What happened last month in the crowdfunding and marketplace lending markets? Which platforms are on the rise, and which ones are falling behind? How has the sector performed over the last year? We look at numbers reported to P2PMarketData in June 2022 and dive deeper into this month’s focus: the P2P lending sector's 2022 mid-term review.
About the monthly report
In the monthly funding report, we publish the funding amounts of online crowdfunding platforms. We track data from 72 participating platforms, operating in 23 markets and 9 different currencies. Please note that:
- We convert all amounts to EUR for comparison reasons, using exchange rates from the last day of the month.
- None of the numbers cited is estimated – the amounts are reported directly to us or pulled from the platforms' publicly available loan books and statistic pages.
- Historical funding volumes reported below may divert slightly from volumes calculated in previous reports due to exchange rate fluctuations and the changes in the pool of platforms we track.
Key highlights: What happened last month in crowdfunding?
After a rebound recorded in May 2022, the market slowed down this month. We recorded a total funding volume of €447m in June 2022 – a decrease of 13% compared to May 2022 (down from €511m).
The total monthly funding volume in June 2022 was lower by €73m compared to the same time in 2021.
Looking at funding across the main investment categories, most funding in June 2022 went to platforms offering consumer investments (€195m), followed by business (€132m), and property investments (€114m). Property lending increased by 1%, while consumer lending and business lending decreased by 8%, and 27%, compared to May 2022.
Platforms’ performance: How did the key players do in June 2022?
Opyn funded the most loans in June 2022, followed by Mintos and PeerBerry. Overall, the five largest platforms accounted for 44% of the total funding volume recorded in our database, while the ten largest platforms funded 60% of the total volume. The largest players were most likely to be direct marketplace lending platforms (7 out of 10) come from Italy (2 out of 10) and offer consumer investments (4 out of 10).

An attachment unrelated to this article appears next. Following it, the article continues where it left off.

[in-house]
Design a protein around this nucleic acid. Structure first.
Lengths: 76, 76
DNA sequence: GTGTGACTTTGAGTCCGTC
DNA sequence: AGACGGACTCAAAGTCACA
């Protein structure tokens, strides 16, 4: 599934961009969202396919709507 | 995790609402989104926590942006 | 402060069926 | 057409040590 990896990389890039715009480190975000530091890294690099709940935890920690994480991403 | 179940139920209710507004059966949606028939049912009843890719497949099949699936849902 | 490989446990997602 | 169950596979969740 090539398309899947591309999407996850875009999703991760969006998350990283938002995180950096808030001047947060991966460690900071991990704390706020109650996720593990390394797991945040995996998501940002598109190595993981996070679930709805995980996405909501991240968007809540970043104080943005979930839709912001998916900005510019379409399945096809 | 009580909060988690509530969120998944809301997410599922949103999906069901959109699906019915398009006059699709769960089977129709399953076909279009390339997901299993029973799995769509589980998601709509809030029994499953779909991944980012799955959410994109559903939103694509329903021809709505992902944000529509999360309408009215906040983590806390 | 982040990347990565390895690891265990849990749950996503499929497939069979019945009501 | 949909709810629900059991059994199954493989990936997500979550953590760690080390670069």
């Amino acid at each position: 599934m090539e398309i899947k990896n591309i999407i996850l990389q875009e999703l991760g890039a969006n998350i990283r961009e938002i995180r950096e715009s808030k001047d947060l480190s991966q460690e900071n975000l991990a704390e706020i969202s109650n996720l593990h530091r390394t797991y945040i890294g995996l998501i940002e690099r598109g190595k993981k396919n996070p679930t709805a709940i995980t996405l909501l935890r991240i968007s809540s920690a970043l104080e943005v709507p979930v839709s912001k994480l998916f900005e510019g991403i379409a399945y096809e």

LandlordInvest – a direct marketplace lending platform from the United Kingdom, offering property investments, has been the fastest growing platform in the last year, followed by Income Marketplace and Esketit. The “rising stars” were most likely to be direct marketplace lending platforms (7 out of 10), come from the UK (2 out of 10) and offer property investments (4 out of 10).
Ablrate, Lendwise and Bulkestate have performed the worst compared to the previous year. Overall, the declining or slow-growing platforms were most likely to be direct marketplace lending platforms (8 out of 10), come from the UK (4 out of 10) and offer property investments (4 out of 10).
Finally, we reported several noteworthy milestones reached last month:
- Blend Network has funded more than €50m worth of loans since its inception.
- Opyn has reached over €900m of total funded loans to date. Congrats!
Deep dive: 2022 mid-term review
After a big boom in the fourth quarter of 2021, the P2P lending sector has experienced a slowdown so far this year. Funding volumes were falling every month, except for a brief rebound in May. This is very different from the same period last year when the sector was growing and only went into a slight decline during the summer. Nevertheless, the total funding volume recorded in H1 2022 (approx. €3 billion) was still higher than in H1 2021 (about €2.6 billion). Also, compared to the recent hiccups of the stock market and the crypto crash, P2P lending seems to be on an (even surprisingly) stable side.
The last six months have been far from uneventful, though. Two main events dominated our narrative of the European P2P lending development:
- Russia’s invasion of Ukraine: In the February and March reports, we examined the war’s impact on the sector and the platforms exposed to the Ukrainian and Russian markets in particular. Although they took a hit initially, it seems that investors have not lost trust, while the platforms are transparently communicating the repayment timelines and, most importantly, have not gone bust.
- Mintos’ decline: Our main focus in April was the speedy and sharp decline in Mintos’ funding volumes, which started in October 2021 and continues to this day. In March, Mintos lost its poll position as the largest loan funder in our database on a monthly basis. For the past four months, it has consistently fallen behind Opyn – a relative newcomer in the Italian business lending scene.
How will the sector perform in the second half of 2022 amidst the global uncertainty and fears of recession? We will track the market’s ups and downs with our near-real-time data reporting, so stay tuned!